ST. PAUL -- It has been three and a half months since the sports world ground to a halt, and ready or not, every major professional sporting league now has a plan to return. Multiple Minnesota professional teams — starting with the St. Paul Saints on July 3 — will be returning to play next month, even as COVID-19 cases spike in states around the country.
When the Twins return in just under a month, they will be the only Minnesota team playing within the state’s borders. Here is a look at where every team (listed alphabetically) stands in its return-to-play plan:
Like the NBA, the WNBA is planning on heading to Florida for their season, where the expectation is a 22-game regular season will begin in late July. All teams are expected to report to training camp in early July.
Games will be held at IMG Academy in Bradenton, Fla., where teams will train, play and live. The WNBA season originally was scheduled to begin in May and be 36 games.
The Saints have begun “spring training” at CHS Field to prepare for their upcoming 60-game season in the independent American Association. After a quick ramp-up period, they will head to Sioux Falls, S.D., where they will play their home games in front of fans. The season will begin on July 3.
They do not plan on returning to Minnesota until they can host fans at CHS Field, which is currently unallowable under state guidelines. The hope is that that would be this season, executive vice president and general manager Derek Sharrer has said.
The Timberwolves’ season ended when the NBA announced it would invite just 22 of its 30 teams to its quarantine bubble in Orlando, Fla. Though positive COVID-19 cases in Florida have skyrocketed in recent days, the NBA has not announced any changes to its current plans.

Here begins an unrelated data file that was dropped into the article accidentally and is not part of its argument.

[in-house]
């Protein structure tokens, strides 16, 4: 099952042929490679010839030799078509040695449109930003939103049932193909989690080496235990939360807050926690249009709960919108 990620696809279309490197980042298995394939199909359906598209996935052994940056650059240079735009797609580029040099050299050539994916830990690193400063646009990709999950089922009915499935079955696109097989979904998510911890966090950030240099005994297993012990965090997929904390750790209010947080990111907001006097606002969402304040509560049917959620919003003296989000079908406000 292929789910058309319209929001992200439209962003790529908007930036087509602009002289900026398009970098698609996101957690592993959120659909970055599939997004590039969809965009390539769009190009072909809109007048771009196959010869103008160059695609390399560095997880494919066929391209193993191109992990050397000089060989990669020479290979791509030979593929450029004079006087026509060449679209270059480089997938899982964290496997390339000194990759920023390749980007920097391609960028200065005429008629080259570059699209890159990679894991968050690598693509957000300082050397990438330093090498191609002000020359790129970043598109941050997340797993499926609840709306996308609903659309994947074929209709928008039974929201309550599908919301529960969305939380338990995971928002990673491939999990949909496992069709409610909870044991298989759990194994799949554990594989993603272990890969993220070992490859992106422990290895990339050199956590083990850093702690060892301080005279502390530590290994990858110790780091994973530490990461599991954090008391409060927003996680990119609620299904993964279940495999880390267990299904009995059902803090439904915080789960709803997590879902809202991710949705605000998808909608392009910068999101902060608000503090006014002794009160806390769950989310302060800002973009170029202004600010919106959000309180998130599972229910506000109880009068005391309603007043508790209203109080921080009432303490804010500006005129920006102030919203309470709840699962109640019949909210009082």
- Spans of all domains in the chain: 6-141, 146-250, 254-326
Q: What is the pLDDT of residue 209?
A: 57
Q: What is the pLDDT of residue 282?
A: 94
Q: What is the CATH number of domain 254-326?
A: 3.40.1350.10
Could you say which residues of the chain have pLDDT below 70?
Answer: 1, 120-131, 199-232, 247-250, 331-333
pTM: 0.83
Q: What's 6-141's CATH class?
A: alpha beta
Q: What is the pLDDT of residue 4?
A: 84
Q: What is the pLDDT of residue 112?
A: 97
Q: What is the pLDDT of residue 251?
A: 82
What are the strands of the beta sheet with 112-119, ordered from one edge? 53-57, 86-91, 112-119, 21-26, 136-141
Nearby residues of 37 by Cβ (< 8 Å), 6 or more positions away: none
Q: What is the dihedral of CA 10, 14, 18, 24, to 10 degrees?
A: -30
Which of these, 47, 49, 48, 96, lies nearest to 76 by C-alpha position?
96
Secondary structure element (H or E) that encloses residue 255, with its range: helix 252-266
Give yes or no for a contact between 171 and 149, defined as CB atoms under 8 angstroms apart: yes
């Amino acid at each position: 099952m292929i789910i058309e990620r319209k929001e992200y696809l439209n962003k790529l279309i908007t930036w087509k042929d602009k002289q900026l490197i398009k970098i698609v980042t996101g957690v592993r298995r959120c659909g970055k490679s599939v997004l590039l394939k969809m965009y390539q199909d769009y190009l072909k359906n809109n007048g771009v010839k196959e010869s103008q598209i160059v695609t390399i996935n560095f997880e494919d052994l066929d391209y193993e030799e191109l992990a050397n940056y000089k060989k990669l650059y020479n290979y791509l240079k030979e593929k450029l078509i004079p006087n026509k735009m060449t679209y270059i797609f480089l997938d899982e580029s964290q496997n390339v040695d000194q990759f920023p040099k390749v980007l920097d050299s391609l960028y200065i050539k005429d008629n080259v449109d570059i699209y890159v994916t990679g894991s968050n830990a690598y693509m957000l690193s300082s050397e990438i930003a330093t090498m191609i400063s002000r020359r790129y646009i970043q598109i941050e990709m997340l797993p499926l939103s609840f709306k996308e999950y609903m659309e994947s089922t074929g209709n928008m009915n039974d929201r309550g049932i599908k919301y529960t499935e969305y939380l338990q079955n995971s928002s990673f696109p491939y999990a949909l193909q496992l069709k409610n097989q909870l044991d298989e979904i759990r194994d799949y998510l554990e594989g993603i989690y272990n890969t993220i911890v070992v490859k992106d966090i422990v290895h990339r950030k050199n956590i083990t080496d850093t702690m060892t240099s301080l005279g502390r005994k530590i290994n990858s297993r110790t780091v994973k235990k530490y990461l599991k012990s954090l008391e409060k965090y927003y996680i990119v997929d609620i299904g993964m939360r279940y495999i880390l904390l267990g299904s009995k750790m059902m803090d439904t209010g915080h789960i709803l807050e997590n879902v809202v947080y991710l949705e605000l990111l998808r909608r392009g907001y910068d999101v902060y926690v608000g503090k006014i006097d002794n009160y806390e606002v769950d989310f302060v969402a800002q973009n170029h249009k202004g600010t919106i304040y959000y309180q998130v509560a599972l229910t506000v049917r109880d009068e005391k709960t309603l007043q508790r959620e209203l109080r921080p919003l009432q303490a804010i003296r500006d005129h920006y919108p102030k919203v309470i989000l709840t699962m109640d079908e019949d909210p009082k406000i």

On Friday, the league and National Basketball Players Association announced that 16 of 302 players tested on June 23 had tested positive. The plan right now would be to have teams starting to arrive on July 7 with games starting on July 30.
More than three and a half months after leaving spring training in Fort Myers, Fla., Twins players will report to spring training 2.0 at Target Field. Players will report by July 1 and the 60-game MLB season is expected to begin on July 23 or 24. The Twins will play 40 games against the other four American League Central teams and 20 against the five teams in the National League Central.
The Twins are among a handful of teams who already have reported players testing positive for COVID-19. President of baseball operations Derek Falvey said “a few” players have contracted the virus and are doing well in quarantine. None of those players had been training at the Twins’ stadiums in Fort Myers or Minneapolis, Falvey said.
The United, who returned to full-team training sessions last week, will return when the league launches its 26-team MLS Is Back Tournament in Orlando, Fla. next month.
The United, who leave for Florida this weekend, will play a friendly match against the Columbus Crew on July 5. They will play their first tournament match on July 12 against Sporting Kansas City. The tournament has a round-robin format that leads into a knock-out stage.
While the NFL has been the least-affected league by virtue of the calendar, the Hall of Fame Game, the annual exhibition opener scheduled for Aug. 6, was canceled on Thursday. The enshrinement ceremony also was postponed until 2021.
Training camps are expected to start on July 28, and the NFL has said that it is planning to push forward with beginning the regular season — set to begin Sept. 10 — on time.
A small group of Wild players returned to the ice at TRIA Rink this week, skating together for the first time since March. Goalie Devan Dubnyk was among that group and described the experience as relatively normal, with the exception of everyone wearing masks indoors. He expects more teammates to trickle in next week.
The voluntary small group training is part of the NHL’s Phase 2. Phase 3, which includes the start of training camps, is targeted to begin on July 10 if the league and its players agree to a return-to-play plan and health protocols. After that, there would be a 24-team playoff tournament at two hub sites. The Twin Cities are no longer under consideration as one of those sites.